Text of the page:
Signs that have a wider cultural meaning are referred to as icons and form a particularly interesting group. Examples from different fields might be Marilyn Monroe, Everest or a Rolex watch. Each of these icons connotes a wide range of subtle but powerful messages. For Monroe for instance we might read movie star/tragedy/beauty/glamour/sex. Icons are potent signs because their range of connotation is widely accepted. The inclusion of any well-known cultural icon in a photograph strongly affects how we read the image. (This has implications for how we caption images since the mere naming of a well-known place will to some degree alter how people think about the image.) Perhaps the best example of a landscape icon in the UK is the Buchaillie Etive Mor, or more correctly the east-facing crag called Stob Dearg. It appears in so many images because its shape mimics the classic pyramidal shape drawn by any child asked to depict a mountain. You might say that it represents mountain-ness in its most concentrated form – especially when covered with a mantle of snow. The problem with including icons in a photograph is that they have a tendency to polarise interpretation because there comes a hard to define point where an icon tips over into a cliché. For some people photographing Stob Dearg is still a dearly held goal whilst for others its mere mention turns them off because they see it as having been done to death.
When Barthes wrote in his last book, ‘Camera Lucida’, that, “A photograph is always invisible, it is not it that we see”, he meant that the meaning we gain from a photograph derives from a whole range of signs and symbols that we understand in a wider context external to the image. The key point is that we read a photograph; viewing one is an active, not a passive process. Some of these signs appear to be universal (e.g. some facial expressions), others are widespread but culturally specific (e.g. religious symbols) and still others are peculiar to the individual viewer arising from their personal experiences (e.g. I hate that shade of green!). The response to some other signs is very deeply seated, perhaps even hardwired. Research has shown that some of the light entering our eyes transmits signals directly to the hypothalamus, one of the oldest parts of the brain and part of the limbic system. Light shifted towards either the red end or the blue end of the spectrum evokes an instinctive emotional response from the limbic system relating to temperature. We even call these colours, respectively, warm light and cold light.
All forms of visual representation, including photography, share one attribute; the image is not only a mirror for the artist's experience but also for those of the viewer. The meanings that we extract from an image are necessarily flavoured by individual responses since every viewer brings his or her own intellectual and emotional baggage to the viewing. The precise source of these personal responses is by rights the domain of psychology and psychoanalysis in the Freudian or Jungian tradition and beyond the scope of this article but we must always be aware that these personal responses are inevitable. This individuality of response means that not only will single signs evoke different connotations for different people but also that any given sign may evoke no response at all in some individuals. There will be common points of contact but also areas where meaning drifts for each individual, in the same way that no two people will get exactly the same meaning from a poem. Just as the conjunction of words produce indefinable and unstable thoughts and feelings which change from one person to another, and sometimes subtly from one reading to the next, so the effect of an image on the viewer changes from one person to another. For some the reflection of the photographer’s viewpoint by the image is smooth and almost perfect, for others it resembles more the grotesque distortions encountered in a fairground Hall of Mirrors.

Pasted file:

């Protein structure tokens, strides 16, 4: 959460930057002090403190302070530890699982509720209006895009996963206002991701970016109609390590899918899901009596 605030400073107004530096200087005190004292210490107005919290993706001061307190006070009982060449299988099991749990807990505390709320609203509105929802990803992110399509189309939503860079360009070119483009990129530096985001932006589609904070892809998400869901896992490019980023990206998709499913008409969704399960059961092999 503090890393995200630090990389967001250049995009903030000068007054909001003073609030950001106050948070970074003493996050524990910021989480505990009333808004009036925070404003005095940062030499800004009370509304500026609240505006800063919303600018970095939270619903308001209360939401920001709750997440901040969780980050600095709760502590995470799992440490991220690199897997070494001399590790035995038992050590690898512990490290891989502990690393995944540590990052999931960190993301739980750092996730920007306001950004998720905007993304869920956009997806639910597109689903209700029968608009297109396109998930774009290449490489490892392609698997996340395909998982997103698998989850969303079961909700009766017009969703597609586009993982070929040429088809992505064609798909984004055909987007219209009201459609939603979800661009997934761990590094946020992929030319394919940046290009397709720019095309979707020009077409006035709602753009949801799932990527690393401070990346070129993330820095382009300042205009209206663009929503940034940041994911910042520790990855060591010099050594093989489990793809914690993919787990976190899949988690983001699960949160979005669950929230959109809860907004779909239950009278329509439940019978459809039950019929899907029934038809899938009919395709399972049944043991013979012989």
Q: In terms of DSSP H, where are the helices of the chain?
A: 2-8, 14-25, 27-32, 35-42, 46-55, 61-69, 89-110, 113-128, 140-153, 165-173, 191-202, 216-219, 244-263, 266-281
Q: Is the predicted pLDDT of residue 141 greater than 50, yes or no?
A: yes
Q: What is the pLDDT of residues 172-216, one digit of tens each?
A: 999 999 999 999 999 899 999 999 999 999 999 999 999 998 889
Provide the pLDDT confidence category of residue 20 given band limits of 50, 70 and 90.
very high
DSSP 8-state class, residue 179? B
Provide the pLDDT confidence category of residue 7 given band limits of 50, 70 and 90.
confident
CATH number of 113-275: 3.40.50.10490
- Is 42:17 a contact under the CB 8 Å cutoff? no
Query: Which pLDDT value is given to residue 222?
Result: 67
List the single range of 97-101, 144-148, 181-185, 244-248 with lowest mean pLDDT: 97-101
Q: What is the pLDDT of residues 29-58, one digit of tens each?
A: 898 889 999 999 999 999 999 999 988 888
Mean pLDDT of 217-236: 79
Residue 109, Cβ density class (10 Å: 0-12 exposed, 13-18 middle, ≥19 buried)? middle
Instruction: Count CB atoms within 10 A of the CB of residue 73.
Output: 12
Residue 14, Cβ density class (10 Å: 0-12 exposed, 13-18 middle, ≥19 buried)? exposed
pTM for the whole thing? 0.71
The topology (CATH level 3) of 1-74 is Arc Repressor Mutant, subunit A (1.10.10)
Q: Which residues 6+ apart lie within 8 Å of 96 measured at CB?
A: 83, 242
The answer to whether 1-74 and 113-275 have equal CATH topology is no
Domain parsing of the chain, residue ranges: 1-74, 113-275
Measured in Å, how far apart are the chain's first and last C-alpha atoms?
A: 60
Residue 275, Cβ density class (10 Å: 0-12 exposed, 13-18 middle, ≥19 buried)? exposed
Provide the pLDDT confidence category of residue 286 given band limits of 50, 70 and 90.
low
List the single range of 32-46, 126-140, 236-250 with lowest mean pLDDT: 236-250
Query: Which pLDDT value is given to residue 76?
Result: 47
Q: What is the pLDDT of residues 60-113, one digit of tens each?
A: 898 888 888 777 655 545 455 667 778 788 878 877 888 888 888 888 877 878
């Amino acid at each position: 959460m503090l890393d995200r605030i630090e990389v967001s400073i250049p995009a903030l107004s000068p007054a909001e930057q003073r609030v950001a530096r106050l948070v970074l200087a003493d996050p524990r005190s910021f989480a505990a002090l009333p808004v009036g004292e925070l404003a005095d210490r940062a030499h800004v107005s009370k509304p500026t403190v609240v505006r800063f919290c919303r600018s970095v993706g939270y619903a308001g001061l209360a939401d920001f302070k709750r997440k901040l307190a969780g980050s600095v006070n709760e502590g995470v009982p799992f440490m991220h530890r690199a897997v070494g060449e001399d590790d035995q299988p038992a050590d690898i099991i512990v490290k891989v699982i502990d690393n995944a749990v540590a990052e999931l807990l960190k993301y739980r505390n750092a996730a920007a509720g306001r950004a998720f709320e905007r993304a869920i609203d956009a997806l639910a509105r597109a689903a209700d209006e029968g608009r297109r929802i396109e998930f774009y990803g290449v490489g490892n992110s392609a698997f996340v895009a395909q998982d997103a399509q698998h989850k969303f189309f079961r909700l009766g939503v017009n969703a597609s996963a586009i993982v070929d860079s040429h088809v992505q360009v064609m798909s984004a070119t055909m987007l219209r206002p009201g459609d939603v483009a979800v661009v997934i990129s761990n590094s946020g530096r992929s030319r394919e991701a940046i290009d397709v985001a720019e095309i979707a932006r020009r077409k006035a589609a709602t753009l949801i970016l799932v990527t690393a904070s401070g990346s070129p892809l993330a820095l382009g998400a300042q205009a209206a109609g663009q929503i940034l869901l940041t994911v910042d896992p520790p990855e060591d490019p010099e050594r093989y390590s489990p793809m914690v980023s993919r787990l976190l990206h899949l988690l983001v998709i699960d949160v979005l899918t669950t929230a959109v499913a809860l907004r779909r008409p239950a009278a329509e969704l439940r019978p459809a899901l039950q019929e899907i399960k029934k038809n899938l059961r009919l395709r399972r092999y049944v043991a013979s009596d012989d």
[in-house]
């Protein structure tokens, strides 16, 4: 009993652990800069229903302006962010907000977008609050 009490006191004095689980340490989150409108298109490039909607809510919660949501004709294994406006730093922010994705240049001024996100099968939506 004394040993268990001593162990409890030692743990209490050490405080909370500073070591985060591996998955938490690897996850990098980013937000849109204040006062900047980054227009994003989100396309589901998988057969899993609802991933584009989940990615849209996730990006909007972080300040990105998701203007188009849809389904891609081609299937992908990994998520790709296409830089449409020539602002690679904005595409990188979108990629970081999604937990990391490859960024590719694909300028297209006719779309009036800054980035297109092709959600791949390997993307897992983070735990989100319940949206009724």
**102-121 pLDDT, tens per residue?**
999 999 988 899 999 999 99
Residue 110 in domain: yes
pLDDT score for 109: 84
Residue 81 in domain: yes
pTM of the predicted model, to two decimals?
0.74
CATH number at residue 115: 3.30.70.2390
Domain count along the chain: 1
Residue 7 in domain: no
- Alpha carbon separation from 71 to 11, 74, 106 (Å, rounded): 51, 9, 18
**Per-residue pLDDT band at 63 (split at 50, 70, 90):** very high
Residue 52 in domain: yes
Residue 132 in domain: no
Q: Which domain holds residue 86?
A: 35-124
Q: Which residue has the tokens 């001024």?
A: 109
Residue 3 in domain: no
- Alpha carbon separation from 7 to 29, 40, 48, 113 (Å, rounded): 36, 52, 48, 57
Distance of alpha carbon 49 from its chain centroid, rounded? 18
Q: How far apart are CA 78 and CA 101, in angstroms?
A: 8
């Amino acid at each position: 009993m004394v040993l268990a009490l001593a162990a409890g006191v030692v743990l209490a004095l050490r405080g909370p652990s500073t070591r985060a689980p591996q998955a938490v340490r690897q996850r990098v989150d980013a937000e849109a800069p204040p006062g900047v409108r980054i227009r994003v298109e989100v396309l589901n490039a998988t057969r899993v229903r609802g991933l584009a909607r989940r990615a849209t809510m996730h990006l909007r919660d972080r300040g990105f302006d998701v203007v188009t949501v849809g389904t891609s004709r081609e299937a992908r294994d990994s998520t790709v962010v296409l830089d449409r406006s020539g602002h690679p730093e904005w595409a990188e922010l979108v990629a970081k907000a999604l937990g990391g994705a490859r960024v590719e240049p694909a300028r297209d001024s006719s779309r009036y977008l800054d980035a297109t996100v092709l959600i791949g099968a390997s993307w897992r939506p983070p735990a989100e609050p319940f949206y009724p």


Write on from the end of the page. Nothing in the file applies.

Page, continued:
As I mentioned earlier, the great American photographer Alfred Stieglitz proposed that a series of his photographs of clouds where in a sense equivalent to how he felt about his subject. The problem with the notion of Equivalence is that not only should the object photographed evoke an emotional response in the photographer but that, by dint of his expertise and insight, he is thought able to evoke the exact same response in the viewer. John Szarkowski curated an exhibition entitled ’Mirrors & Windows at the Museum of Modern Art in New York in 1978 that has greatly influenced subsequent ideas about the interpretation of photographs. The premise for the show was that all photographs are either mirrors reflecting the photographer who made them or windows presenting the photographer’s view of the outside world. The former tell us more about the photographer than about reality, and the intent of the latter is to tell us more about reality than about the photographer. In Szarkowski’s terms Stietglitz’s Equivalents are mirroring the photographer’s concerns and presenting them as a perfect reflection to the viewer. This could only possibly be true if there were single fixed meanings for visual signs and, as we have seen, there are none. Another American photographer, Minor White, offered little practical advice on how to achieve ‘equivalence’ beyond his somewhat gnomic comment that, ‘When a photograph is a mirror of the man and the man is a mirror of the world, Spirit might take over.’ However he seemed to realize that something more than a simple intent to express emotional response was needed because he added that, ‘It follows that “self-expression” as the aim of the photographer is not in itself sufficient.’